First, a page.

In addition, Roberts also highlights the need for digital services to be designed to cope with this dynamic process. This includes supporting the integration of new technologies – particularly those related to the Internet of Things (the use of internet technology to connect everyday items) – and responding to increased citizen demand for greater control over their personal data.

What does it mean for local government?

The Government Transformation Strategy makes no comment on the challenges facing local government. However, London Borough of Camden councillor, Theo Blackwell, suggests that the strategy leaves scope for a ‘digital settlement’ to be developed between central and local government. He observes that the strategy:

leaves the door open for this discussion to be starting and concluded in short order, kickstarted by elected mayors and combined authorities in May 2017, and building on the groundwork of the last two years”.

Mr Blackwell also sets out what needs to be done to achieve this digital settlement:

  • Support the ‘coalition of the willing’, as well as improvement – encouraging local councils who have already made progress with digital transformation to work together, as well as helping struggling councils to improve;
  • Open platforms and a new market for start-ups – enabling the development of platforms and smaller start-up companies;
  • Shared Resource – developing partnerships between local councils and central government, which fund digital initiatives jointly.

Missed opportunity

The strategy has also received a significant amount of criticism for its lack of detail and limited commitments. Independent digital analyst, Jos Creese, has described the strategy as:

“…a mix of re-packaged principles and refreshed ‘transformational government’ themes, coupled with some new but not revolutionary ideas.

Creese argues that there is a general lack of pace with government programmes, such as with GOV.UK Verify – an identity assurance platform that allows people to prove who they are when using government services. And – unlike Theo Blackwell – Creese believes that the lack of collaboration between central government and the wider public sector is a missed opportunity (particularly as 80% of public services are outside central government). In his view, the strategy should have addressed some of the fundamental challenges facing local services, such as healthcare and crime prevention.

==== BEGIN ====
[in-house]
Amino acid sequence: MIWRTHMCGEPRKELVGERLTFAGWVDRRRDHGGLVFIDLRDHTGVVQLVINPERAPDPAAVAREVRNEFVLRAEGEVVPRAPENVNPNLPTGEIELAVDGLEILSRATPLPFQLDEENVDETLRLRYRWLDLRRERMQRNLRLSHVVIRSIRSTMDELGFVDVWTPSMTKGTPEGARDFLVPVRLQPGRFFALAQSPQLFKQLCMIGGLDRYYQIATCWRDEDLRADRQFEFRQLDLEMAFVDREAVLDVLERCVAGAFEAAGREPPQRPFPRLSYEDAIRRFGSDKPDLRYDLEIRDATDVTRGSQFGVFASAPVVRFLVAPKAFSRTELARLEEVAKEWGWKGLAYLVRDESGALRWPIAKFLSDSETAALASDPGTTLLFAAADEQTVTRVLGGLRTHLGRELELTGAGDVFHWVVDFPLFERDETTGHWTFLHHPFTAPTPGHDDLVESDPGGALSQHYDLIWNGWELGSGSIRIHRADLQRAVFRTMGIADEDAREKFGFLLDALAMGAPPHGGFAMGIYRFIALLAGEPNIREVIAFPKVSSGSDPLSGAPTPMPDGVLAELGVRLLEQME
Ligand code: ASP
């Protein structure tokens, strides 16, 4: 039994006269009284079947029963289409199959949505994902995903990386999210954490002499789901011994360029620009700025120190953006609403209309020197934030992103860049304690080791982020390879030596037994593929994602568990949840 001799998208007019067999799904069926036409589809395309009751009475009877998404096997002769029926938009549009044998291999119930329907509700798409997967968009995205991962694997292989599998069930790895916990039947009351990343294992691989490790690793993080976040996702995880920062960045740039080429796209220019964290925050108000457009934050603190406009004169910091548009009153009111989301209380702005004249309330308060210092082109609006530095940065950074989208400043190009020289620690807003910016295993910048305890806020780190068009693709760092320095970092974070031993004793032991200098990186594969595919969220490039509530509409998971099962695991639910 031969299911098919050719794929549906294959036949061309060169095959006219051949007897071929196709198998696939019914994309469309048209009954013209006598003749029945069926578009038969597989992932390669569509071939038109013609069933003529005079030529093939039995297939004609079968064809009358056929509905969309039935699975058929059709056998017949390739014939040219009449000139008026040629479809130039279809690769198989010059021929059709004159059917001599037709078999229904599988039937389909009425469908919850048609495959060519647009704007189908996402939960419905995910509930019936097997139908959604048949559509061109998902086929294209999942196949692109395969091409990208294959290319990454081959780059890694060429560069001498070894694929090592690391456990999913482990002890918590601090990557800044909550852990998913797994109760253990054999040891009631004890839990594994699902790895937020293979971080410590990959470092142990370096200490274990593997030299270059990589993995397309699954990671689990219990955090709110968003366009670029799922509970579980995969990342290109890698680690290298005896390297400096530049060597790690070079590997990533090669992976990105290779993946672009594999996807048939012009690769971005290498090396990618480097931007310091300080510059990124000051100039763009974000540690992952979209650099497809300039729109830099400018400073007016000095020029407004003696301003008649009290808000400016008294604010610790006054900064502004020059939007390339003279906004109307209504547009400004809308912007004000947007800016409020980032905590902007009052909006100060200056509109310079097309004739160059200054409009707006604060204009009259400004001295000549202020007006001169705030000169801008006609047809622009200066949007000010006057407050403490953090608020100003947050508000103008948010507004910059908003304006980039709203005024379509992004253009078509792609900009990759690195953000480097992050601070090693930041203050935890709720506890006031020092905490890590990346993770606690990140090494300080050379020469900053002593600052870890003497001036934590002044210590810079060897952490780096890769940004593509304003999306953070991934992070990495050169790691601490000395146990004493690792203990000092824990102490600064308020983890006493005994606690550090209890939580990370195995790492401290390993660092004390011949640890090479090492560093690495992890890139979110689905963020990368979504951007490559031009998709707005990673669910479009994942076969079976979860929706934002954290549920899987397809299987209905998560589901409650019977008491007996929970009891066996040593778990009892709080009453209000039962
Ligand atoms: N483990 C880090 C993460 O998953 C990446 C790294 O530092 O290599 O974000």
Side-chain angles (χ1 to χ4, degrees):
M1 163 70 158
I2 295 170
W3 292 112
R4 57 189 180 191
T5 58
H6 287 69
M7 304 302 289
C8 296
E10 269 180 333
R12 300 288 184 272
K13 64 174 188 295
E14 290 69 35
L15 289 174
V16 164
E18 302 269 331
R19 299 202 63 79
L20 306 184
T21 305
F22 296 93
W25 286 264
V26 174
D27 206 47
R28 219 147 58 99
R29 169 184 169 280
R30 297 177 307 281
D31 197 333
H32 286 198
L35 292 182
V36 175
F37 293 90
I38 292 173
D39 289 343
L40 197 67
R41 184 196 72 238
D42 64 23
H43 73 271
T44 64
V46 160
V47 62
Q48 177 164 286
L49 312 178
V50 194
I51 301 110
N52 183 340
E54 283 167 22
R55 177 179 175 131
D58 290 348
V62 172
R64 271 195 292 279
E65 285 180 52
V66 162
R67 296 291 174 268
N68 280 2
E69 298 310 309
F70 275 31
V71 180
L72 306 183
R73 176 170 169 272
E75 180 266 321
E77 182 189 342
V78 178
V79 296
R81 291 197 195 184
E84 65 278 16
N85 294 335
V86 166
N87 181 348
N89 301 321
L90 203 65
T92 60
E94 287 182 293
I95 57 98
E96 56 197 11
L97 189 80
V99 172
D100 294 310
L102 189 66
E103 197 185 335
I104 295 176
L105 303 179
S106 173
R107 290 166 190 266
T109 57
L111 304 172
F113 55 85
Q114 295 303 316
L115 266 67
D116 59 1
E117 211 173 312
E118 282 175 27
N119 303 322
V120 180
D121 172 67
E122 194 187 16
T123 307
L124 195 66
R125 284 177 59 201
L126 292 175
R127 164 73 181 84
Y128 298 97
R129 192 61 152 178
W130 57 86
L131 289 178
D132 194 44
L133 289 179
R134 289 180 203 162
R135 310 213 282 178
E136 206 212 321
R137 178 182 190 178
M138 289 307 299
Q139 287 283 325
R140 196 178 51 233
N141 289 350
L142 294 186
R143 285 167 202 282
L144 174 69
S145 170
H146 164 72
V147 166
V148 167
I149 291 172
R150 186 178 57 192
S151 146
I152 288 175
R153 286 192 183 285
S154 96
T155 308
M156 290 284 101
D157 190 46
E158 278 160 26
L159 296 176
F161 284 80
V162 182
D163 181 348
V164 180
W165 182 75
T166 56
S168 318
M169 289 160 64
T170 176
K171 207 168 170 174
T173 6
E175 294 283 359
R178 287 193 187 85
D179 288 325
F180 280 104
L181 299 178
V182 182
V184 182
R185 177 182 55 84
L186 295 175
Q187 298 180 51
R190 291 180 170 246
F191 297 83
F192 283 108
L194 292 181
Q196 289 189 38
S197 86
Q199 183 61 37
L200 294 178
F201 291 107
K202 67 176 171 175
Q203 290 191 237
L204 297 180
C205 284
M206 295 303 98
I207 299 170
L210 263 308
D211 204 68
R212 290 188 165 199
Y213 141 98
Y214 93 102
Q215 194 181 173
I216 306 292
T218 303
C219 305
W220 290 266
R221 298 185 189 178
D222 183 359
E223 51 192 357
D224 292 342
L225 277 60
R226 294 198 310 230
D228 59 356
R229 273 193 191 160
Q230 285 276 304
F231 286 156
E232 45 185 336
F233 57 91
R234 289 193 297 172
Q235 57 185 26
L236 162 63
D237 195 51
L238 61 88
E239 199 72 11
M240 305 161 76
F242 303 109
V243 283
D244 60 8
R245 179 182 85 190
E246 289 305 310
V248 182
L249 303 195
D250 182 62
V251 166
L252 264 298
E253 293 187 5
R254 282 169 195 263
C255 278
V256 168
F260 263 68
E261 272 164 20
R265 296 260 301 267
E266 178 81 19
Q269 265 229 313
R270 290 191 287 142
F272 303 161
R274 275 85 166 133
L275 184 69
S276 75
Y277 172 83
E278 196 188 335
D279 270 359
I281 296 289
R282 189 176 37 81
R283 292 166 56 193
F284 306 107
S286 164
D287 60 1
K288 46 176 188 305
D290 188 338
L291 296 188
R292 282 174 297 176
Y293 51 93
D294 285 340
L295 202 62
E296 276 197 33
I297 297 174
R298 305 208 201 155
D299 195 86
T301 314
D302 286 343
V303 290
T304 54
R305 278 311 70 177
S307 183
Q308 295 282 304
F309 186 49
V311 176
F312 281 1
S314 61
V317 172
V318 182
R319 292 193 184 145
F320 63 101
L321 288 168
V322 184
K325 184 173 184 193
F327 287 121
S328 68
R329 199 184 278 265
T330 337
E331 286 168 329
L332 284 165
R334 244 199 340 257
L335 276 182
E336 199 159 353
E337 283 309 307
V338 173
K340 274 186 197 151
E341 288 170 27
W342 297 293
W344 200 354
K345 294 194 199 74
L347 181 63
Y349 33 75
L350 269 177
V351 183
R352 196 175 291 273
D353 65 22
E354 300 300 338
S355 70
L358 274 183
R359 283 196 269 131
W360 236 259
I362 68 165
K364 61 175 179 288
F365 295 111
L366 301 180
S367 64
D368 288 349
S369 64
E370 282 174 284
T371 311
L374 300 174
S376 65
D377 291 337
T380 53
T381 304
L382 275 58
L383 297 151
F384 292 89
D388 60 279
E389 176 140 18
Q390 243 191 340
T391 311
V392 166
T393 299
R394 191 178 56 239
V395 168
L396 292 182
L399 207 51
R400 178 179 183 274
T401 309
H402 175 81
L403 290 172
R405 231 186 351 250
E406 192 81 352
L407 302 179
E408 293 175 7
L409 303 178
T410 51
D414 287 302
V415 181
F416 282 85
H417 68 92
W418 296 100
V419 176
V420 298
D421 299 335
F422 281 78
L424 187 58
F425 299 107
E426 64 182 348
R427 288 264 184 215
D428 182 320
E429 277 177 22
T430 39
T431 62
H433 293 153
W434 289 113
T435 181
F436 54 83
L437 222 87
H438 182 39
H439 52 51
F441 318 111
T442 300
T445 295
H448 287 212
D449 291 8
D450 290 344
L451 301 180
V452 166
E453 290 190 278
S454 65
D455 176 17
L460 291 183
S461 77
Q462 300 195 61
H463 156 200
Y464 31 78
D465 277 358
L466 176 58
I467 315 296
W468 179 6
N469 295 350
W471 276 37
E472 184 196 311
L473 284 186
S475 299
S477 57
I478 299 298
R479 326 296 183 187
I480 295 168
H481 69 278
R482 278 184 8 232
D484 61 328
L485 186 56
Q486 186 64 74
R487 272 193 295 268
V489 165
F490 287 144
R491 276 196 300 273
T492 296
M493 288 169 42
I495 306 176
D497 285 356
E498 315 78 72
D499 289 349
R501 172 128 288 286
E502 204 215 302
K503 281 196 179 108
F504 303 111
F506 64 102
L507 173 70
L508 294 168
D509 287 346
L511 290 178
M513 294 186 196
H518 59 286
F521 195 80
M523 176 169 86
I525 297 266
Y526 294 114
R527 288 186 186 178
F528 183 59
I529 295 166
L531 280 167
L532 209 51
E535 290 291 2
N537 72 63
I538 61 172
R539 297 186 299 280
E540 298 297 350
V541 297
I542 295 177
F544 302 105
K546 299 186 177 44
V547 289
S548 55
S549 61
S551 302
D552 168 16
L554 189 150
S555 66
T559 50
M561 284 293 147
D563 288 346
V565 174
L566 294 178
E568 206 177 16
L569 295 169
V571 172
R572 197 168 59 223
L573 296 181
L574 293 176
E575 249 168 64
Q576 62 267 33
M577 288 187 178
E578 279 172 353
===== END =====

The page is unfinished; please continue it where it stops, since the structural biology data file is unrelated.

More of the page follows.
Final thoughts

Although the Government Transformation Strategy has received a mixed response since it was first published, there are certainly positives which provide hope for the future. Firstly, it was important that the strategy was finally published to provide a clearer indication of the government’s future direction.  Secondly, in the coming months, the government will have the opportunity to provide greater clarity, and set out how they intend to achieve the praiseworthy objectives of the strategy and realise the full potential of digital transformation.


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eGov Singapore: award winning leader in digital government

By Steven McGinty

“Singapore leads in all dimensions of digital readiness and scores high in economic competitiveness, citizen engagement as well as public sector productivity.”

These are the words of Ng Wee Wei, Managing Director (Health & Public Service) at Accenture, in Singapore. He made this statement on the day Singapore was ranked number one for digital government, in a comparative study carried out by Accenture.

However, this is just one of the many accolades won by Singapore. Other notable successes have included:

In my latest article on digital government around the world, we’ll take a look at how this island city state has become a global leader and what can be learned from their experience.

E-government policy development

In the 1970s the Singapore government realised that they were unable to compete with the larger labour-intensive economies. As a result, they identified ICT as a way of improving economic performance, particularly through increasing labour productivity, making processes leaner and more efficient, and delivering better services to customers.

In 1982, the government launched the Civil Service Computerization Program (CSCP). The programme’s main objective was to enhance public administration through the effective use of ICT. This involved developing new business processes, automating work functions and reducing paperwork for greater internal operational efficiencies. In essence, it provided the foundation for subsequent e-services.

Throughout the 1980s and the 1990s the government started to develop the programme. For instance, the National Information Technology Plan (NITP) was introduced to support cross agency collaboration. This led to the creation of “TradeNet”, an application that enabled exchange of documents between the private sector and various government agencies.

As Singapore entered the new millennium, the e-Government Action Plan (2000-2003) (eGAP 1) was launched. This was the first of what the government now calls the ‘eGov masterplans’.  It set out the aim that:

All government services that can be delivered electronically shall be delivered through electronic means”.

The second e-Government Action Plan (2003-2006) emphasised improving the customer experience, connecting citizens with each other and fostering collaboration between government agencies.